What to bring to a tea ceremony? What tools are necessary for tea ceremony and what is useful to have?

The tea ceremony is a traditional Japanese ritual. Many people are attracted by the beauty of the tea utensils and the manners of the tea ceremony, and many are interested in it. If you are invited to a tea ceremony party, what preparations should you make? When attending a tea ceremony, you should have the necessary utensils in plenty of time.


Here, for those who attend a tea ceremony tea party, we will introduce the basic items to bring and what is useful to have. We also explain what to wear at the tea ceremony, so please use this information to help you prepare for the day of the event.

What to bring to a tea ceremony

If you plan to attend a tea ceremony, you will need to bring the following items. Although there are several schools of tea ceremony, the following items are generally used in most classes of all schools, so it is a good idea to have them ready.

Hakuza (a small cloth used to wrap the tea ceremony utensils)

A fukusa is a cloth used for purifying tea utensils and viewing tea bowls during the tea ceremony. Otsukumae refers to the series of steps in preparing tea in the tea ceremony. Not only the host, but also the guests need to bring their own Hakuza. Generally, men use purple and women use red or vermilion. In the case of Urasenke, a small piece of cloth called a "kobukusa" is also used.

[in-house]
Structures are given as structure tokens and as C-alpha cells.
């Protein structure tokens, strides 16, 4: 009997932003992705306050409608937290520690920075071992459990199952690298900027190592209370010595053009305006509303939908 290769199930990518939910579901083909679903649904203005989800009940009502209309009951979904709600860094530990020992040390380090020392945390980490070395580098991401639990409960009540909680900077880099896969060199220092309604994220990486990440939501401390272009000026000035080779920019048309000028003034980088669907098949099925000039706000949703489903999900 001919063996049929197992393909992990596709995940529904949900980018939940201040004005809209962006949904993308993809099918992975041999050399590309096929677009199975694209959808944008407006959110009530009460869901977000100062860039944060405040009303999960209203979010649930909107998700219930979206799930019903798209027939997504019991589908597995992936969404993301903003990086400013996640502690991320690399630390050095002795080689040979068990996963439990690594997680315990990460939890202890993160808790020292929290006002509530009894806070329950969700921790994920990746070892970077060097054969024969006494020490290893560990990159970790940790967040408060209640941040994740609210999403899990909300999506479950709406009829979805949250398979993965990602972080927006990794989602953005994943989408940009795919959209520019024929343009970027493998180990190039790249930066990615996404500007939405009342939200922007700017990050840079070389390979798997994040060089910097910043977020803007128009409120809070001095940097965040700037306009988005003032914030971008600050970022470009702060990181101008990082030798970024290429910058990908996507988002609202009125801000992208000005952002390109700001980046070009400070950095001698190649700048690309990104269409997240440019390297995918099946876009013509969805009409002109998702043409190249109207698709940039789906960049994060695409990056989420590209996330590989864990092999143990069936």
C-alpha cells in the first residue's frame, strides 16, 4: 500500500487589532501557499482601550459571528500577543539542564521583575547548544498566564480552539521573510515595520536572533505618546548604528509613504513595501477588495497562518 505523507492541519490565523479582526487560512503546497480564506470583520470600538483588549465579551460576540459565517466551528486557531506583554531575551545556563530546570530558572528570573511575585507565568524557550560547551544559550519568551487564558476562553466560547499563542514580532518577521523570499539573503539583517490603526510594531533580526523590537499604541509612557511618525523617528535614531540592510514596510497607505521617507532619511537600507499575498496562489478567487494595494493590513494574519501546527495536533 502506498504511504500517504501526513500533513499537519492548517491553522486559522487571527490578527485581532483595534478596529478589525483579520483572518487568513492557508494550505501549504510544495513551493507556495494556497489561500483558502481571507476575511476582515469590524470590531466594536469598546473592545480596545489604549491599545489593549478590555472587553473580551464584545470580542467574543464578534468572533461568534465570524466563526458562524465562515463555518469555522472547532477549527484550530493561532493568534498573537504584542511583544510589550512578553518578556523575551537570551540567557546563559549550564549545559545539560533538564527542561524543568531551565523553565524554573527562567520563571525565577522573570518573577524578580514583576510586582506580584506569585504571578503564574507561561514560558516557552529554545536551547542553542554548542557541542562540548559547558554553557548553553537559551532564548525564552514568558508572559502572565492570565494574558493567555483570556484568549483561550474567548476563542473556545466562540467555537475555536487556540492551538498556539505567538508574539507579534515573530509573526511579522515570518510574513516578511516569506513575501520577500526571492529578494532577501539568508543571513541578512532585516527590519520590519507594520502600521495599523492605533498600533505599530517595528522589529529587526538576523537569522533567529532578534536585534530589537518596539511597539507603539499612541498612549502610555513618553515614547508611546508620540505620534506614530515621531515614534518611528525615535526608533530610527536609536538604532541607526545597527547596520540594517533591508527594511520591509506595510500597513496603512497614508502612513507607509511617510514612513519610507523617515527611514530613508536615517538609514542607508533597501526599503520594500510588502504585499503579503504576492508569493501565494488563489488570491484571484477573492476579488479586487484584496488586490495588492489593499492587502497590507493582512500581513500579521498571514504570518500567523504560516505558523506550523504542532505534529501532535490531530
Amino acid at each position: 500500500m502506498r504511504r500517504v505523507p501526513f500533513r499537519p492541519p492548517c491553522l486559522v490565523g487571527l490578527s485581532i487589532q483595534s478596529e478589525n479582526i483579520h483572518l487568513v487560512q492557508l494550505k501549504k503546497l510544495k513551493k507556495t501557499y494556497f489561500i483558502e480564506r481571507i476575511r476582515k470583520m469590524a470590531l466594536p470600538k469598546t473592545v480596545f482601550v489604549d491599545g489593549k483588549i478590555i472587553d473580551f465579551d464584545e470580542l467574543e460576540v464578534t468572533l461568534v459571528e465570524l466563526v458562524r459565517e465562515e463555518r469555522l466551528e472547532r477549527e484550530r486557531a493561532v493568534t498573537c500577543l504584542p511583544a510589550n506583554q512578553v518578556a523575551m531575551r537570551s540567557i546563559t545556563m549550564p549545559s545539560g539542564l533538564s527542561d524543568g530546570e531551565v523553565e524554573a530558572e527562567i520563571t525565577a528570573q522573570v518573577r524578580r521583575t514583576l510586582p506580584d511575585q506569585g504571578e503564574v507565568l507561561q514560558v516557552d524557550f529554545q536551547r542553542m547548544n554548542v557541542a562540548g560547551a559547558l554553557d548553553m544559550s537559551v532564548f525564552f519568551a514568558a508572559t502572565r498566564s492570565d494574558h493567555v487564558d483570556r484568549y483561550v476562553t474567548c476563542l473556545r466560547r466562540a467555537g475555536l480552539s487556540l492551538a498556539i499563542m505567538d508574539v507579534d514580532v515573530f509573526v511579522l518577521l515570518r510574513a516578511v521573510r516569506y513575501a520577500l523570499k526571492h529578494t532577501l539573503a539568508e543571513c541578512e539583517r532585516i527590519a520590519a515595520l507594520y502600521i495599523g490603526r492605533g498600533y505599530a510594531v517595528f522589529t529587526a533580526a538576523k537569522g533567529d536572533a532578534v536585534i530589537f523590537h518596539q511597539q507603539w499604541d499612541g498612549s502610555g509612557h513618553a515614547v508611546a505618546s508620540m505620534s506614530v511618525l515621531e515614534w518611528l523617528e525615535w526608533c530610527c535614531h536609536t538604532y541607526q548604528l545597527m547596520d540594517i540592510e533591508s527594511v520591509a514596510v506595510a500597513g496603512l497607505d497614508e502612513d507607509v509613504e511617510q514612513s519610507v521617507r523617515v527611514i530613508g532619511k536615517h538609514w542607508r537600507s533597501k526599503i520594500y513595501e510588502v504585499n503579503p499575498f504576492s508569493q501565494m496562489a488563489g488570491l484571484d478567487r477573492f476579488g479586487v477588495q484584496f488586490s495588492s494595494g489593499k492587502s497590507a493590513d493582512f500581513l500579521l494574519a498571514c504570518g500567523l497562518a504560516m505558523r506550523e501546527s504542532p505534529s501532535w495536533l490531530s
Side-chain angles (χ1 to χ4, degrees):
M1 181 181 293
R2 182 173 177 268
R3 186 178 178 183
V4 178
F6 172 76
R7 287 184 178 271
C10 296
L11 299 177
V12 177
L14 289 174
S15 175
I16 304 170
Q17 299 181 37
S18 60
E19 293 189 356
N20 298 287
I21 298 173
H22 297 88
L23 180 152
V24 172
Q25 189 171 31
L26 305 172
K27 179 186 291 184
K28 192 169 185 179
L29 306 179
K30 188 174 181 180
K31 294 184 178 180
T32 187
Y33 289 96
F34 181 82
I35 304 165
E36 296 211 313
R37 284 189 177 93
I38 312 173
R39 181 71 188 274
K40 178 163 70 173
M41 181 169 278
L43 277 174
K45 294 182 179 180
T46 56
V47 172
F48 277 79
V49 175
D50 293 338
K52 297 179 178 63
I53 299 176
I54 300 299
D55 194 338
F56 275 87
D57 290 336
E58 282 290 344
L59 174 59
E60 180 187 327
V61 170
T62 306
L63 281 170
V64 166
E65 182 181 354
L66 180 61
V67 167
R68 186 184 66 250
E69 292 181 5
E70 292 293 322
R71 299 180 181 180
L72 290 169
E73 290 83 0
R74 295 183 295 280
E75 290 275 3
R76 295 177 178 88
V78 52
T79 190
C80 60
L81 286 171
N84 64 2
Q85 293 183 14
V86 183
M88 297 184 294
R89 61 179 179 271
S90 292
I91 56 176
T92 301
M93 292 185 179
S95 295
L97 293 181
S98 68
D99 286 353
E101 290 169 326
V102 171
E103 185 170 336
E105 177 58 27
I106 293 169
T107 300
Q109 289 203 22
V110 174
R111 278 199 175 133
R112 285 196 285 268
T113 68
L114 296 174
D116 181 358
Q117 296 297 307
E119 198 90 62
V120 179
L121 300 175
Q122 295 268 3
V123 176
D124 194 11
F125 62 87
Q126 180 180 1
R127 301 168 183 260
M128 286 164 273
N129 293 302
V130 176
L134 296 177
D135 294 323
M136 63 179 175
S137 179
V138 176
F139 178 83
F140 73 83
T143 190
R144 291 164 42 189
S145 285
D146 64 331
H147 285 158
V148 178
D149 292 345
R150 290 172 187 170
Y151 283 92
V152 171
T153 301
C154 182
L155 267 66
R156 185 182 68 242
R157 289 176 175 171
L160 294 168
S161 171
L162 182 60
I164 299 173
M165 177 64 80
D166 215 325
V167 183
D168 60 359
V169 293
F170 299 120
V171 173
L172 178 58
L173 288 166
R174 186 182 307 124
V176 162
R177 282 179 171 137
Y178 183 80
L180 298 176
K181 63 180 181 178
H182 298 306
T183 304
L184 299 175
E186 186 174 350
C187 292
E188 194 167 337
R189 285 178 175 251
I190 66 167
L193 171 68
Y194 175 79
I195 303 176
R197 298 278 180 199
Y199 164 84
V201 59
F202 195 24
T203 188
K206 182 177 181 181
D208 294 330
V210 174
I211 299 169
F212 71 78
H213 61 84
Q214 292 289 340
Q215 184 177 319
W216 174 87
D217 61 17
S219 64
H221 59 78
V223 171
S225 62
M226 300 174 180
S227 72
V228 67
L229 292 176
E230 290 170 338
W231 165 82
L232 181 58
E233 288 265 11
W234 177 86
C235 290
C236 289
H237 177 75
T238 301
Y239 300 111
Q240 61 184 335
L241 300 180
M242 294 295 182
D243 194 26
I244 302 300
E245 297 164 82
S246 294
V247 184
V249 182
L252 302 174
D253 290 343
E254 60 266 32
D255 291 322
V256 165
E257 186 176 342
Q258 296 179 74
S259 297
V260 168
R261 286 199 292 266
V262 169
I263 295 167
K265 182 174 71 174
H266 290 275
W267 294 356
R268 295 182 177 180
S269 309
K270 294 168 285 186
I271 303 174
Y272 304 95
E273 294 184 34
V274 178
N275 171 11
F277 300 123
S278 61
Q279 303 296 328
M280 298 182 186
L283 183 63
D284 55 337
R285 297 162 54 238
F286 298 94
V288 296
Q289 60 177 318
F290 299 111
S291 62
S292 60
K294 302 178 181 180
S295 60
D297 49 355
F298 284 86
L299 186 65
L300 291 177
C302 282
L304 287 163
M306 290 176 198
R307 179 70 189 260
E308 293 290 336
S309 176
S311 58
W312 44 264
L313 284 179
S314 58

Kaishi is disposable Japanese paper used at tea ceremonies. It is used in a variety of situations, such as as a plate to serve sweets, or to wipe the tea bowl or one's mouth. When attending a tea ceremony in a kimono, it is placed in the pocket along with the hakuza.

Kashikiri (confectionery cutter)

The kashikiri is a tool used to cut and eat sweets served at tea ceremonies. It is also called a "confectionary toothpick. The sweets are placed on a piece of kaishi paper and cut into bite-sized pieces with the kashikiri. Commercial products are usually sold as a set with a toothpick holder that can be used for carrying.

folding fan

A fan in the tea ceremony is used for greeting guests at tea ceremonies, entering the tea room, and viewing the tea utensils. Although there are differences in etiquette among tea ceremony schools, basically a fan is placed in front of you to create a boundary (= boundary) and to respect the other person. Unlike a fan used for cooling off, a fan in the tea ceremony is not used by opening it and looking up.